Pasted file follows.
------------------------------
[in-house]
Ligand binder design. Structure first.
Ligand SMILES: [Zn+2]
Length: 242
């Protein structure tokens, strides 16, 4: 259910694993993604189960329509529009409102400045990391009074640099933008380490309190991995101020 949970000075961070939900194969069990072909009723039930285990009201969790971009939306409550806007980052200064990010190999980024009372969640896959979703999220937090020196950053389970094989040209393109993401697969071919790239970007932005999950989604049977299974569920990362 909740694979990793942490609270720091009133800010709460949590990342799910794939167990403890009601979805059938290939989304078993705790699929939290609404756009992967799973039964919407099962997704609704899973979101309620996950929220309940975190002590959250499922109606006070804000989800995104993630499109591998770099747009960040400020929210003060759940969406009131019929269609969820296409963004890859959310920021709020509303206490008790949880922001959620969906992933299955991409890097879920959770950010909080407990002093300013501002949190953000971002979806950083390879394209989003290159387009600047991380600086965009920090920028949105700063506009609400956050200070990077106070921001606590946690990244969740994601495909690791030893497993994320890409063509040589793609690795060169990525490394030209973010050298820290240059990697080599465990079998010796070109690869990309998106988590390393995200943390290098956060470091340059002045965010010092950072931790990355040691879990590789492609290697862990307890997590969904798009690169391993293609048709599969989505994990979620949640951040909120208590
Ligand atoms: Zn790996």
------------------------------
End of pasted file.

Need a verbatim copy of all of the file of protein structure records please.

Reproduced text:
[in-house]
Ligand binder design. Structure first.
Ligand SMILES: [Zn+2]
Length: 242
């Protein structure tokens, strides 16, 4: 259910694993993604189960329509529009409102400045990391009074640099933008380490309190991995101020 949970000075961070939900194969069990072909009723039930285990009201969790971009939306409550806007980052200064990010190999980024009372969640896959979703999220937090020196950053389970094989040209393109993401697969071919790239970007932005999950989604049977299974569920990362 909740694979990793942490609270720091009133800010709460949590990342799910794939167990403890009601979805059938290939989304078993705790699929939290609404756009992967799973039964919407099962997704609704899973979101309620996950929220309940975190002590959250499922109606006070804000989800995104993630499109591998770099747009960040400020929210003060759940969406009131019929269609969820296409963004890859959310920021709020509303206490008790949880922001959620969906992933299955991409890097879920959770950010909080407990002093300013501002949190953000971002979806950083390879394209989003290159387009600047991380600086965009920090920028949105700063506009609400956050200070990077106070921001606590946690990244969740994601495909690791030893497993994320890409063509040589793609690795060169990525490394030209973010050298820290240059990697080599465990079998010796070109690869990309998106988590390393995200943390290098956060470091340059002045965010010092950072931790990355040691879990590789492609290697862990307890997590969904798009690169391993293609048709599969989505994990979620949640951040909120208590
Ligand atoms: Zn790996």